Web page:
Guy Ritchie's "Snatch" repeats the basic blueprint of his previous film "Lock, Stock and Two Smoking Barrels." The genre is the same, the setting is the same, the tone is the same, and some of the actors are the same. Yet "Snatch" still manages to stand on its own by being a smoother and slicker production that its predecessor. And having Brad Pitt on board this time around certainly helps the film carve out its own identity.
Once again mayhem and mishaps help to mar a criminal scheme. Frankie Four Fingers (Benicio Del Toro) steals a diamond which attracts the attention of Boris the Blade (Rade Sherbedgia) and Avi (Dennis Farina) who each want the diamond for himself. In the meantime, a gypsy (Pitt) who excels in the bare knuckle boxing department, but who is somewhat less refined in his verbal skills is recruited for a fight. Through a series of twists and turns, the fate of the diamond hunters and the gypsy boxer become intertwined and story twists ensue that would have been right at home in a screwball comedy - if not for the high body count.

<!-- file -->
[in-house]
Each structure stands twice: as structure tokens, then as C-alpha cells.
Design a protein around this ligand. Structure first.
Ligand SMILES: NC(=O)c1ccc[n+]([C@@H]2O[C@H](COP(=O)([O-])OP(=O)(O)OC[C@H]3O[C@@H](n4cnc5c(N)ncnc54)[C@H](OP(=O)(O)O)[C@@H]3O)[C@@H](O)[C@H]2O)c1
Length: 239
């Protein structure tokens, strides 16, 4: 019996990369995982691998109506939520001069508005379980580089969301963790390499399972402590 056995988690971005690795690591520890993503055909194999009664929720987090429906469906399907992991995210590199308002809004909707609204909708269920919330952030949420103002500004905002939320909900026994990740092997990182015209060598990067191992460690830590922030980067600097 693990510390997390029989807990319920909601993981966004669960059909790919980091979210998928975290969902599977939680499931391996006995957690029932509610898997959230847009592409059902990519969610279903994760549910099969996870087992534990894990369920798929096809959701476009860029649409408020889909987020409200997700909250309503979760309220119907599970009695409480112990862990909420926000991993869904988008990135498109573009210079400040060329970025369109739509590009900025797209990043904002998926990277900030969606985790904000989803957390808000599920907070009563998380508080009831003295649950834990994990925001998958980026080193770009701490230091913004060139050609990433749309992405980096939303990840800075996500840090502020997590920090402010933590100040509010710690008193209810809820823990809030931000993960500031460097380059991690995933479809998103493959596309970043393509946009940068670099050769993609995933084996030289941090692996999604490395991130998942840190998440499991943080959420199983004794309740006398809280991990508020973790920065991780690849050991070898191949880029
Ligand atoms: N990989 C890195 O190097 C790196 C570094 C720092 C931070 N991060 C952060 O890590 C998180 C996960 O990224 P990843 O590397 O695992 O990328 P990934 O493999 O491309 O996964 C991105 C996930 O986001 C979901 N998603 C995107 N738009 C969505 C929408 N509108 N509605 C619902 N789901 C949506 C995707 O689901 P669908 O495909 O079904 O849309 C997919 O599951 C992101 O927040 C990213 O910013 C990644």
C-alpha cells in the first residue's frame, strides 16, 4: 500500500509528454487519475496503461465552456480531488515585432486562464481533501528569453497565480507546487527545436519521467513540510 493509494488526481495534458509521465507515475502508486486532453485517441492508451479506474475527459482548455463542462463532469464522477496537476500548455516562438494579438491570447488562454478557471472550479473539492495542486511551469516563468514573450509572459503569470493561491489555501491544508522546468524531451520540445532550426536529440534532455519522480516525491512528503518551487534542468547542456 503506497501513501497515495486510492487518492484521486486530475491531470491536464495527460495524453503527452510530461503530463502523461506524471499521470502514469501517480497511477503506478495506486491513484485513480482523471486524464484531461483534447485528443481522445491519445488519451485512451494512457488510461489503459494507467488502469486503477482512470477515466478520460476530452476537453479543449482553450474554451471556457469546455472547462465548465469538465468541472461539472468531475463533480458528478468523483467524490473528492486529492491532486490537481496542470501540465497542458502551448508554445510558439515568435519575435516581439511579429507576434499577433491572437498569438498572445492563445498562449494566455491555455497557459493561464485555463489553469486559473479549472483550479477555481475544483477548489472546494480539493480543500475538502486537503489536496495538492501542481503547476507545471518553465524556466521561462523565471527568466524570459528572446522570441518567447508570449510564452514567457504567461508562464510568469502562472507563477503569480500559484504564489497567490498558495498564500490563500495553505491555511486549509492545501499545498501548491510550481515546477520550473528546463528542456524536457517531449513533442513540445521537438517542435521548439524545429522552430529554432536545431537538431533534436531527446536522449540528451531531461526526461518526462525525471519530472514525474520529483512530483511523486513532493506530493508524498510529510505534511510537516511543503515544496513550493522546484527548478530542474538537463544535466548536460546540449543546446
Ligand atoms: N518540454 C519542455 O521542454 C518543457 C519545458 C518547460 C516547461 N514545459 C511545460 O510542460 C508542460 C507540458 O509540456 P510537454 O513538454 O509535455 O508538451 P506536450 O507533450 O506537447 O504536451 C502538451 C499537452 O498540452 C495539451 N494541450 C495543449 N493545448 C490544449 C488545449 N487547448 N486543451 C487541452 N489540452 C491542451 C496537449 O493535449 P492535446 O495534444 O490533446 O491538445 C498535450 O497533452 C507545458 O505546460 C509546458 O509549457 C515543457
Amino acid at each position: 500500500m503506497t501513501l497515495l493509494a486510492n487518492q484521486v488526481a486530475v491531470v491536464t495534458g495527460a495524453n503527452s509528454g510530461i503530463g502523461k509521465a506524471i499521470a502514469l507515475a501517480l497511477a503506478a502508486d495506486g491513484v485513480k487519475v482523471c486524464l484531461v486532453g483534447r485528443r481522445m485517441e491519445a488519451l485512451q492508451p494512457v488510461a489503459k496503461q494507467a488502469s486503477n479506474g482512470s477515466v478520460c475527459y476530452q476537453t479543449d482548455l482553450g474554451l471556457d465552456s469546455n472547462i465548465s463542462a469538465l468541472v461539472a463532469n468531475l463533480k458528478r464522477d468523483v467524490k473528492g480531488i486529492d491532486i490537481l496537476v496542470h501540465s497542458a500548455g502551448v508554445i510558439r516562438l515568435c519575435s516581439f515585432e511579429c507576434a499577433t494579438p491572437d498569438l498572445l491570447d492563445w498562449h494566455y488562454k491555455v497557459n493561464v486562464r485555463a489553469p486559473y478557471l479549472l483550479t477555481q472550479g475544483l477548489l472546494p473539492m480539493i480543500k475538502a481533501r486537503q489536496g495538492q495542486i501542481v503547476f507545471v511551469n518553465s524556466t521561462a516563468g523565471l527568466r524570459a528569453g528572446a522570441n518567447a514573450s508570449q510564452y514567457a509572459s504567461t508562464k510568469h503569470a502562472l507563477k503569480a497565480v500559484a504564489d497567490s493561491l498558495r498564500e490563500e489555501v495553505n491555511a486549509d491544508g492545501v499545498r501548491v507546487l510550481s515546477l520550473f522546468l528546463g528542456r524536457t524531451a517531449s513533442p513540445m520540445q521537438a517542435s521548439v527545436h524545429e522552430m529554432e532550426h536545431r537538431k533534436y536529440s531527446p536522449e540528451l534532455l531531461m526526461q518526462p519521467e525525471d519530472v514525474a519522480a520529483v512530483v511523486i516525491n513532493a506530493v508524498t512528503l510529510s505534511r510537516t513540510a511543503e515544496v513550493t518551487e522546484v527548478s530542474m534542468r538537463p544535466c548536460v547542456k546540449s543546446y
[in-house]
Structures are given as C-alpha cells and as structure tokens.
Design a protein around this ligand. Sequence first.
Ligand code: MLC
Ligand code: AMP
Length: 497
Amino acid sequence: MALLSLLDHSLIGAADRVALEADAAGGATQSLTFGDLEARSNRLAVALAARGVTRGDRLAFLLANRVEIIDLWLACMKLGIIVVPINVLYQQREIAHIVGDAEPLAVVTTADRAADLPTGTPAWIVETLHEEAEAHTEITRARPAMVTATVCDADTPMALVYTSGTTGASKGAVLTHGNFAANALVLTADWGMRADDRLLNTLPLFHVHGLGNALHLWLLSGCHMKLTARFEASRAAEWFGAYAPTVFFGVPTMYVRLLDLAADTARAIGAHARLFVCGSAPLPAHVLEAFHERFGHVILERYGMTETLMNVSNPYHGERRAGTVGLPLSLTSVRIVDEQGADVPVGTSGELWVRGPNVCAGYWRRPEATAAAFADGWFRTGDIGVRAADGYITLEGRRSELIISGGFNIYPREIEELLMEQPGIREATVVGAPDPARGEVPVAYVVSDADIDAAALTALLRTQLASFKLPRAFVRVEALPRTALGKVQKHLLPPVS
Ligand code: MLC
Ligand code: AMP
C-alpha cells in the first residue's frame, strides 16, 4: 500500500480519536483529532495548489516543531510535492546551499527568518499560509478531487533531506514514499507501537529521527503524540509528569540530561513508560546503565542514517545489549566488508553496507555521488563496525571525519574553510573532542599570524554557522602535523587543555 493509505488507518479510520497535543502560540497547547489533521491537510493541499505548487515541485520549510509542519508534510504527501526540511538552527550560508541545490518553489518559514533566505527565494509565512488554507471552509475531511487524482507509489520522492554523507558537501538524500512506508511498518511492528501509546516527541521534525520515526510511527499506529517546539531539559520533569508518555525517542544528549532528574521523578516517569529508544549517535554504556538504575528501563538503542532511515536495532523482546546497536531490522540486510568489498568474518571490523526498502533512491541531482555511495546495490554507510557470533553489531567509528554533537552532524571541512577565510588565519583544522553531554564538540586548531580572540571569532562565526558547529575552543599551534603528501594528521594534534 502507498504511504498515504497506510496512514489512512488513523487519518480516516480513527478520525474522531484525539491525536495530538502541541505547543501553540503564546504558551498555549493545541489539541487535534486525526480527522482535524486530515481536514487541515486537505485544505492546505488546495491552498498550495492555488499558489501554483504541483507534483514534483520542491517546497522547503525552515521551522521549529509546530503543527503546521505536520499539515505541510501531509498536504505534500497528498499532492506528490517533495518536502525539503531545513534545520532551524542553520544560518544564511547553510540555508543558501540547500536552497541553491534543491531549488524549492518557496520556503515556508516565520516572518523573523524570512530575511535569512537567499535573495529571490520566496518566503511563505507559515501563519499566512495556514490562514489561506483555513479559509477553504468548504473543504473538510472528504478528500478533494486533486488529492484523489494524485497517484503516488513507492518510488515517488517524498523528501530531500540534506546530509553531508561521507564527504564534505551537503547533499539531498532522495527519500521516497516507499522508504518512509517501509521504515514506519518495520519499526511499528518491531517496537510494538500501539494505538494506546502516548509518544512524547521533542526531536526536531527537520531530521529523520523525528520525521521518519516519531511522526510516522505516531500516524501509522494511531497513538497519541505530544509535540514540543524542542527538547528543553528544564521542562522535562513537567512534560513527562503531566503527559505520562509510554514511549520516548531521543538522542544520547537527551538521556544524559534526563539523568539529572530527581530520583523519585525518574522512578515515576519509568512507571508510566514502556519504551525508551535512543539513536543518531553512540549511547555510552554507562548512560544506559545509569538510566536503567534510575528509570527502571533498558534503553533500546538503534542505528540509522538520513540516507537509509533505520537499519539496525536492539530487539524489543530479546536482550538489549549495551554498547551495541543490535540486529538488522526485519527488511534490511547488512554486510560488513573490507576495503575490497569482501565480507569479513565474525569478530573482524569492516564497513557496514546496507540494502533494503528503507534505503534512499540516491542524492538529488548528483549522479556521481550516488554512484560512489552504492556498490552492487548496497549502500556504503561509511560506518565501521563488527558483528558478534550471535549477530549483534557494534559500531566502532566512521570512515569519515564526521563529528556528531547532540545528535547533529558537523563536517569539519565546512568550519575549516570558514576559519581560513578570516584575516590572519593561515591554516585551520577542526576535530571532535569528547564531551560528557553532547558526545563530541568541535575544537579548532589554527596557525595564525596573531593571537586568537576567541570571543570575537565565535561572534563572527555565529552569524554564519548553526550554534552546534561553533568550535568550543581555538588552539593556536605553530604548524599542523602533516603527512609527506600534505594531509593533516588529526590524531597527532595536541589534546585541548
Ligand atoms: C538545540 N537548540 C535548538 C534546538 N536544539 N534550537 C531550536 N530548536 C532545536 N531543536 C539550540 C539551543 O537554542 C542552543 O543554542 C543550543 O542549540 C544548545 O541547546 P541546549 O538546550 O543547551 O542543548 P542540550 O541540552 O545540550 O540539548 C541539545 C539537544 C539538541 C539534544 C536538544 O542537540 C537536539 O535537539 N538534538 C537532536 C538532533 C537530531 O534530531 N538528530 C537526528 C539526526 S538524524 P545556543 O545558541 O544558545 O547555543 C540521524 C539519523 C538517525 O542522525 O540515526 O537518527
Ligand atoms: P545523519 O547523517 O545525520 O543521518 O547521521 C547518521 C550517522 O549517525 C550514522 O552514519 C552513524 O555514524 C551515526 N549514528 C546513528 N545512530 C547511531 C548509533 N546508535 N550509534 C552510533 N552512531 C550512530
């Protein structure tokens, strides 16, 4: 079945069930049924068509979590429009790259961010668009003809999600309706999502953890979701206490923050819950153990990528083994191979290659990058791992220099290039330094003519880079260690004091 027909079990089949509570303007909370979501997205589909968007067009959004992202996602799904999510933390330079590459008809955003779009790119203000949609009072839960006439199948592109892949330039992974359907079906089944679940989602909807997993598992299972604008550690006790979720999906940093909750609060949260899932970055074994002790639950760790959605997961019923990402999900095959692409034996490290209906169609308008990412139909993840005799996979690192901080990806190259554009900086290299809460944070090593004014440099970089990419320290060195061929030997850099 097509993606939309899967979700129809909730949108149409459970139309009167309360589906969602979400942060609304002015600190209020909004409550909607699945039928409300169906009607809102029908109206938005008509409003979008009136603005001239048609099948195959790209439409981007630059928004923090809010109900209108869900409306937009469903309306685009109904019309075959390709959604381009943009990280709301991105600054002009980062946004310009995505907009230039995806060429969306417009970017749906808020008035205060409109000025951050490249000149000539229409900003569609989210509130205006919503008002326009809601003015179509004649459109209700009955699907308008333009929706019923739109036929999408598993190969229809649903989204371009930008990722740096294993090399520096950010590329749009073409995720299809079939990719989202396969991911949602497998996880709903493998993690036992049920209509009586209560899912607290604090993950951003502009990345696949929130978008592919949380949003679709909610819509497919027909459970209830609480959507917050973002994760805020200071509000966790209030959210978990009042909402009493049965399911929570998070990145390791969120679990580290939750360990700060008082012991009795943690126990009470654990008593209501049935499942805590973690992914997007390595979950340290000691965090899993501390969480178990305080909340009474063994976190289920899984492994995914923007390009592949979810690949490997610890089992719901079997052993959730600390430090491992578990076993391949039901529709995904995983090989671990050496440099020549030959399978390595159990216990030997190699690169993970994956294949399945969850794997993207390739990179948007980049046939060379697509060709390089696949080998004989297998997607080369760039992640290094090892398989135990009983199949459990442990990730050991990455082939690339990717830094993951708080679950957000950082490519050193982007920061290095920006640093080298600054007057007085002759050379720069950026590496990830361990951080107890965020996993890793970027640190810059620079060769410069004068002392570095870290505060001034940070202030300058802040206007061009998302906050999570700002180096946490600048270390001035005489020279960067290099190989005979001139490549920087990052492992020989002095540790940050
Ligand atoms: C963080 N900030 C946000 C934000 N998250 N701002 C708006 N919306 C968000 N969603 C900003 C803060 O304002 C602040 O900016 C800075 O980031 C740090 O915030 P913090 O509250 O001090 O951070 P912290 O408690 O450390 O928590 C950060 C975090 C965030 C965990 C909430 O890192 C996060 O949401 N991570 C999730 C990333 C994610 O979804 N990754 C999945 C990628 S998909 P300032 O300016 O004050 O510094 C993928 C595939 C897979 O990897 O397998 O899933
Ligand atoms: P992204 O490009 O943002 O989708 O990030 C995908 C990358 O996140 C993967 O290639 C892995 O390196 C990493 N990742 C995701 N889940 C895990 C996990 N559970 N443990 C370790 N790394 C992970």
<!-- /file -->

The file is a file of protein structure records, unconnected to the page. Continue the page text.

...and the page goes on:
What separates Ritchie's gangster flicks from those of his contemporaries is the combination of sassy wit and energy embodied in both his characters and the situations they find themselves in. Oftentimes "Snatch" strays perilously close to being too outrageous for its own good but it always manages to not cross the line into satire. Pitt gives one of his more underappreciated performances of the last few years and makes you realize just how useful the subtitle function is for DVD films. His gypsy boxer is a pure manifestation of all the zaniness that this film contains. Here's hoping that Ritchie can expand into other types of film genres in the future instead of continuing to compose variations on a theme. For the time being though, if you find yourself in the mood for an off-kilter crime caper, then "Snatch" is the film for you.